Best ResponseYou've already chosen the best response.0the graph itself is visual proof, the mathematical proof seems a but difficult to reach.

anonymous
 5 years ago
Best ResponseYou've already chosen the best response.0yes...and the second question like you said or is there any better way?

amistre64
 5 years ago
Best ResponseYou've already chosen the best response.0if you graph the sin function, it sounds as if it would fit a "uniform" continuity.

anonymous
 5 years ago
Best ResponseYou've already chosen the best response.0yes...thank you.... can i ask you anything else or i m just pissing u off :(

amistre64
 5 years ago
Best ResponseYou've already chosen the best response.0lol.... you can ask....i might not have an answer tho :)

anonymous
 5 years ago
Best ResponseYou've already chosen the best response.0how to write pi as a symbol on computer?

amistre64
 5 years ago
Best ResponseYou've already chosen the best response.0on any computer? or in here?

amistre64
 5 years ago
Best ResponseYou've already chosen the best response.0its the ascii code 227 i think, there should also be a character keyboard in your menu that will bring up a virtual keyboard to find it on

anonymous
 5 years ago
Best ResponseYou've already chosen the best response.0yeah mayb in microsoft word ...they might have it ...thanx

amistre64
 5 years ago
Best ResponseYou've already chosen the best response.0programs..accessories....system tools....character maap is where mine is

anonymous
 5 years ago
Best ResponseYou've already chosen the best response.0hey let me check that one ...thanx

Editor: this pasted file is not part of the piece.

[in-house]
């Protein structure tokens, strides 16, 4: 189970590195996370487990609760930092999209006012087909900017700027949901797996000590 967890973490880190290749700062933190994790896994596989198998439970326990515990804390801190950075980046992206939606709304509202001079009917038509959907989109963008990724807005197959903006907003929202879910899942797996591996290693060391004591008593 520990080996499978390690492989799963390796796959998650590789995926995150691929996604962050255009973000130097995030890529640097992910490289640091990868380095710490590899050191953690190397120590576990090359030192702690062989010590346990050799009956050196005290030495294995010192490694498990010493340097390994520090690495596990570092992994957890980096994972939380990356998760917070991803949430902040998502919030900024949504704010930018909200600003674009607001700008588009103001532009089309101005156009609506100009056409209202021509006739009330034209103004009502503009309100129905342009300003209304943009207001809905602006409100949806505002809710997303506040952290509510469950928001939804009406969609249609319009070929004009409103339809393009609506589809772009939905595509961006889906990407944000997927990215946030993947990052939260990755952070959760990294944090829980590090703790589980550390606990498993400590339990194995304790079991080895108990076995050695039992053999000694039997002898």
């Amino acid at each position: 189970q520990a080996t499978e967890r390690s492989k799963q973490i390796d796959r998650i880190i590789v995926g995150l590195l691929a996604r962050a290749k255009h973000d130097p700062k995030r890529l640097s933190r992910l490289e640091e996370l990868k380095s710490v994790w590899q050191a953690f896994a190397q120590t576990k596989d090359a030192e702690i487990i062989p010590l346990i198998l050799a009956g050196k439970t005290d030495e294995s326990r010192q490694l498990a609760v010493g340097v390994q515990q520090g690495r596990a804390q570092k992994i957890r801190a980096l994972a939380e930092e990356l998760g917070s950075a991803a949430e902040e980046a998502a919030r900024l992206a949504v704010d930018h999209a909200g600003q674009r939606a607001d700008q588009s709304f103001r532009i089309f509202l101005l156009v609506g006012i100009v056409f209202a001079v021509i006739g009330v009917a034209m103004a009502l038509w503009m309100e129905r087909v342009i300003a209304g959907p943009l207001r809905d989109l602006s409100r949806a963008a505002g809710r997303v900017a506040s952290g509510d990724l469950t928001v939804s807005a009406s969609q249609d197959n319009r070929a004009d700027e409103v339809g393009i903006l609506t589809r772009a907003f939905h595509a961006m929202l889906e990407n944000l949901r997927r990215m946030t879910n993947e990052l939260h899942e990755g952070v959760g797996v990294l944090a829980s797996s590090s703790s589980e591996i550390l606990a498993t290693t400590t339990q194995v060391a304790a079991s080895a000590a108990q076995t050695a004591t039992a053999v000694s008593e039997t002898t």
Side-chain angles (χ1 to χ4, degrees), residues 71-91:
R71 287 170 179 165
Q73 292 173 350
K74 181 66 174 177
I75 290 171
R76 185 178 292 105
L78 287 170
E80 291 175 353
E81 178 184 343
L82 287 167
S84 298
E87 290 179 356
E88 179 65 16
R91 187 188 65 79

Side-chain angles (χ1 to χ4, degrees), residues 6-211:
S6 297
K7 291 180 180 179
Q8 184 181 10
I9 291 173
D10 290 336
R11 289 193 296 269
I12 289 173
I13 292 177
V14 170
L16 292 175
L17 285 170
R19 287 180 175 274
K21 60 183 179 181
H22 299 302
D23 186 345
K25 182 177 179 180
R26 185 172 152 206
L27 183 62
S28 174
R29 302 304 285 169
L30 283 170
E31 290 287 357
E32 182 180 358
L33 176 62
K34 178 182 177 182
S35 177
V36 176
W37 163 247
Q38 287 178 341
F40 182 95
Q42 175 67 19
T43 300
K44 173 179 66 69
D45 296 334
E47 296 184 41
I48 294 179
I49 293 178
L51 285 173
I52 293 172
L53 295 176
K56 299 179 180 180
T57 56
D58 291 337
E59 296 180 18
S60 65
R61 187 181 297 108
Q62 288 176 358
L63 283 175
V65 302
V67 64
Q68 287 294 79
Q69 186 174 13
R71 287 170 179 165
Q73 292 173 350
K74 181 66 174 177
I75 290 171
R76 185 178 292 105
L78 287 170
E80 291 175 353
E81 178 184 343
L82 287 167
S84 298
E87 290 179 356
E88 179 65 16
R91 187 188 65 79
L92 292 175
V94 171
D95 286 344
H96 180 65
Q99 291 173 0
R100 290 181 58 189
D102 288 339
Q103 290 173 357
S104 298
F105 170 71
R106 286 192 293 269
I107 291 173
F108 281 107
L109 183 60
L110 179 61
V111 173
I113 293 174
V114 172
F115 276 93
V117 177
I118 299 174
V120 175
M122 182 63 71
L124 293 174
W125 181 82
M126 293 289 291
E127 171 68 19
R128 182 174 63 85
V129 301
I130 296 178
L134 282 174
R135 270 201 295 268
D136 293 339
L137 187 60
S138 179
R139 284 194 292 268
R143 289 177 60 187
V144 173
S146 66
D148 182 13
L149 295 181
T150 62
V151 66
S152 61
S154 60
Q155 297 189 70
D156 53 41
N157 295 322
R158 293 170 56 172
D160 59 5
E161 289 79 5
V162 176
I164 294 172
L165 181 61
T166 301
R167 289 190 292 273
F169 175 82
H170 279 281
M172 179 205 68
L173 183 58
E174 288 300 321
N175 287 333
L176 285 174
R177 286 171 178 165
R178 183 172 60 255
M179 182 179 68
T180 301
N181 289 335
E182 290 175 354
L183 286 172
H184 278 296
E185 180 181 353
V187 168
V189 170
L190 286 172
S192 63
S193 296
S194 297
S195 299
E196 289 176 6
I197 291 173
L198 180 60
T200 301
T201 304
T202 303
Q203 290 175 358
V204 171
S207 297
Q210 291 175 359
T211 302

anonymous
 5 years ago
Best ResponseYou've already chosen the best response.0hey u got that...i might copy it n save it on word ...lol

anonymous
 5 years ago
Best ResponseYou've already chosen the best response.0lim x>pi/3 ((3+2cosx)^1/2  2) / ln (1+sin3x) ??? whats ur views on that one?

amistre64
 5 years ago
Best ResponseYou've already chosen the best response.0pi/3 = 60 degrees..... is [sqrt(3+2cos(x))  2] / ln(1+sin(3x)) right?

amistre64
 5 years ago
Best ResponseYou've already chosen the best response.0sqrt(3+2cos(60))  2 sqrt(3 + 2(1/2))  2  =  ln(1+sin(180)) ln(1+0)

anonymous
 5 years ago
Best ResponseYou've already chosen the best response.0but thats a limit question ...plugging in the values making it 0/0

amistre64
 5 years ago
Best ResponseYou've already chosen the best response.0sqrt(4)  2 0  =  ln(1) 0 I see the dellima

amistre64
 5 years ago
Best ResponseYou've already chosen the best response.0the derivative of each would be....

amistre64
 5 years ago
Best ResponseYou've already chosen the best response.0Dx(ln(x)) = 1/x Dx(ln(1+sin(3x))) = 3cos(3x)/1+sin(3x) the reciprocal of that is what youll need

amistre64
 5 years ago
Best ResponseYou've already chosen the best response.0Dx(sqrt(3+2cos(x))2) = sin(x)/sqrt(3+2cos(x))

amistre64
 5 years ago
Best ResponseYou've already chosen the best response.0sin(x) (1+sin(3x))  sqrt(3+2cos(x)) (3cos(3x)

anonymous
 5 years ago
Best ResponseYou've already chosen the best response.0yes i was also somewhere there

amistre64
 5 years ago
Best ResponseYou've already chosen the best response.0sqrt(3) sqrt(3)  =  is what I get 2(3)(1)(2) 12

amistre64
 5 years ago
Best ResponseYou've already chosen the best response.0same thing, rationalize your denominator

anonymous
 5 years ago
Best ResponseYou've already chosen the best response.0got ya !!! u must b a teacher for sure ... aren't u ?

amistre64
 5 years ago
Best ResponseYou've already chosen the best response.0lol ..... nope, just an unemployed carpenter

anonymous
 5 years ago
Best ResponseYou've already chosen the best response.0wtf??? impossible ...to me u r a GREAT TEACHER !!!! and more of a great human being

anonymous
 5 years ago
Best ResponseYou've already chosen the best response.0u have been so helpful...these questions were all for my next week homwork assignment...now i m so relaxed...thanx bro....really appreciate ur help

anonymous
 5 years ago
Best ResponseYou've already chosen the best response.0Refer to the attachment.